Building a collection
The Mackelvie Collection is constantly growing. In the spirit of its charter, it aspires to offer excellent examples of historical international art for the enrichment of New Zealand’s art publics. Painted by a leading French artist of the Stuart court in Rome, Blanchet’s portrait of William Rouet, painted during his travels to Italy in 1763, captures an age of internationalism before the era or trains and planes. It celebrates the rise of the middle classes, sociability and civic portraiture, but above all the personal pleasure of collecting and discovery. ‘Few paintings encapsulate the passions of the eighteenth century better than this neoclassical portrait’ notes Matthiesson. ‘This is a portrait that feels like it has always been here’. Although its true home might be the walls of the Scottish National Galleries Matthiesson says: ‘I’m sure we will always be willing to lend it to them, and in the meantime the people can enjoy Mr Rouet here in Auckland.’
A new partnership for Auckland
The Mackelvie Society has been recently formed to enrich the Mackelvie collection. In this first joint venture, the Society and the Auckland Art Gallery are seeking sponsors to help finance portions of the portrait with the goal of raising NZ $50,000. Mackelvie Trust Chair, Andrew Smith believes this is an opportunity not to be missed. ‘Each piece of this painting has such a depth of history embedded within it’ says Smith. ‘Art is such vital part of our culture. Through it we learn about ourselves’.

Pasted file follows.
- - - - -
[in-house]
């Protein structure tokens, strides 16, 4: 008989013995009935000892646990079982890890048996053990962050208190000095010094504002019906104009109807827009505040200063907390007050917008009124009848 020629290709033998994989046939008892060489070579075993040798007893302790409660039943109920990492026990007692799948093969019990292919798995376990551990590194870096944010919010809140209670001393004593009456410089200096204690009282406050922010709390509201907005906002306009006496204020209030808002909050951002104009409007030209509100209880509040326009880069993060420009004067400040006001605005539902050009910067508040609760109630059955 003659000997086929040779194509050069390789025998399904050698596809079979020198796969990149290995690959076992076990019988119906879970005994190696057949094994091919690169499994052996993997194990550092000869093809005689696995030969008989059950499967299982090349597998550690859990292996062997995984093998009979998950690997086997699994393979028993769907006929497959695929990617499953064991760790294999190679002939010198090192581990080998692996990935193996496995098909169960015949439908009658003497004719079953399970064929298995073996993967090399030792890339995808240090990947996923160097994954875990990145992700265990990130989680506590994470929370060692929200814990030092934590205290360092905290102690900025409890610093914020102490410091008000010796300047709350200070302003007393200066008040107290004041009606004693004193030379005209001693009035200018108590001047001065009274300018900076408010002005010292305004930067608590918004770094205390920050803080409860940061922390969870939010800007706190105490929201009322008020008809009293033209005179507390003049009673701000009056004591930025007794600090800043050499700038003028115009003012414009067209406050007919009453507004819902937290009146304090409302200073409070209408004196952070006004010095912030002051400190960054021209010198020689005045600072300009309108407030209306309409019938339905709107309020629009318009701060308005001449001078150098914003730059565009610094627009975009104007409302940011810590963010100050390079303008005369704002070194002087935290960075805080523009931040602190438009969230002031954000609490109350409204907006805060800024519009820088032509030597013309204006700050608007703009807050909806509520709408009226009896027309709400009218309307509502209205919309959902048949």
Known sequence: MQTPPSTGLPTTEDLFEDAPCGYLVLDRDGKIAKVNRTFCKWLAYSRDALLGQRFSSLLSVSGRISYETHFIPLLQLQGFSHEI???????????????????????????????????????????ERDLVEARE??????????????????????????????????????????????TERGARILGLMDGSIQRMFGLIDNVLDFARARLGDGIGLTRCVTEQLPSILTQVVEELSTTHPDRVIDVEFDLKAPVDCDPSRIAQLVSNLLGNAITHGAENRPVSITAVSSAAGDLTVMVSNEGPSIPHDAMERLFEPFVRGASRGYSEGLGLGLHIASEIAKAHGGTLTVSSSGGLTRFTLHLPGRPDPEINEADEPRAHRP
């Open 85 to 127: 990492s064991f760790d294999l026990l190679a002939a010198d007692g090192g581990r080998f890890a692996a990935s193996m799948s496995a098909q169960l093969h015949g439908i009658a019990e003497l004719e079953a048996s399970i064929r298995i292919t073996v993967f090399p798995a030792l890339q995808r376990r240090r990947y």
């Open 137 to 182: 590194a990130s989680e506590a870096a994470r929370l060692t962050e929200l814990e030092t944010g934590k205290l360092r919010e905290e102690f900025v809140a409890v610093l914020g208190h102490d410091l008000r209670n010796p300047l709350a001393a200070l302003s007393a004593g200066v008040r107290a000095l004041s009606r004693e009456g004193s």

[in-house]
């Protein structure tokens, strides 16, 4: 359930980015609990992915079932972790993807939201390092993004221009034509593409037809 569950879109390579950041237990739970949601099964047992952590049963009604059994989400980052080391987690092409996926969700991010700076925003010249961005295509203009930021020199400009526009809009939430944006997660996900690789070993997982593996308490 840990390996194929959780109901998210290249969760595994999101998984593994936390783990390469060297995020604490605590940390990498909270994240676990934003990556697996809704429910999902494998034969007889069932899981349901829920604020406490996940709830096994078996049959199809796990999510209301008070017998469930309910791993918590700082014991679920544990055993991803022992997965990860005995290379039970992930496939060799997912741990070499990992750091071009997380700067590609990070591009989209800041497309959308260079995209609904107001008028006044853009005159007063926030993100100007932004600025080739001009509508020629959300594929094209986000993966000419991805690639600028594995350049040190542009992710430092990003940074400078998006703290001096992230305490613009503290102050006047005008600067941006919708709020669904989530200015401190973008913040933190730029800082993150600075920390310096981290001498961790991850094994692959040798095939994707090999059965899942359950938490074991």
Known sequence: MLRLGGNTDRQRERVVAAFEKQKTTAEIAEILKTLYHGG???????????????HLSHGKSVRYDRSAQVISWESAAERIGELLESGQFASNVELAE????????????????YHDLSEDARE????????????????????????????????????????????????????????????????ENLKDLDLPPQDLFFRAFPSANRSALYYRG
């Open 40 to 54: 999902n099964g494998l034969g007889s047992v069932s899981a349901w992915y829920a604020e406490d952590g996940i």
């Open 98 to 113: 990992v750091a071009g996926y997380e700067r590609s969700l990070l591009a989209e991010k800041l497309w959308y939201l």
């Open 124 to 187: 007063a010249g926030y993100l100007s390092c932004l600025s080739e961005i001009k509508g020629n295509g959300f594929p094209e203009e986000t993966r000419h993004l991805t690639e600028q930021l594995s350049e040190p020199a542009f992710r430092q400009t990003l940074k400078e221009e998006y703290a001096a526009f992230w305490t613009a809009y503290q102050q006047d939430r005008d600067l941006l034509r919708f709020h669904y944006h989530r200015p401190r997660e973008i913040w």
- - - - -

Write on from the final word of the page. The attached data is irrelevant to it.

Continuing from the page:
Help us secure this major acquisition
29 sections of the painting are available for sponsorship. Learn about each section by clicking on it and reading a short piece by an expert art historian. Interested in fashion? Read about Rouet’s blue velvet coat, his wig or his lace. Love a classical sculpture? Read about the Hercules, the Roman bust or the engraved rings.
Portrait of William Rouet by Louis-Gabriel Blanchet is currently on loan to the Auckland Art Gallery Toi o Tāmaki and will feature in the forthcoming exhibition, Manpower: Myths of Masculinity curated by Dr Sophie Matthiesson and Emma Jameson. Join us in securing this major new acquisition for the Mackelvie Collection and New Zealand’s finest home of historical international art.
To sponsor a section of Louis-Gabriel Blanchet’s portrait of William Rouet (1714-1785), please visit www.mackelviesociety.com or contact firstname.lastname@example.org / 0211496707
The Mackelvie Collection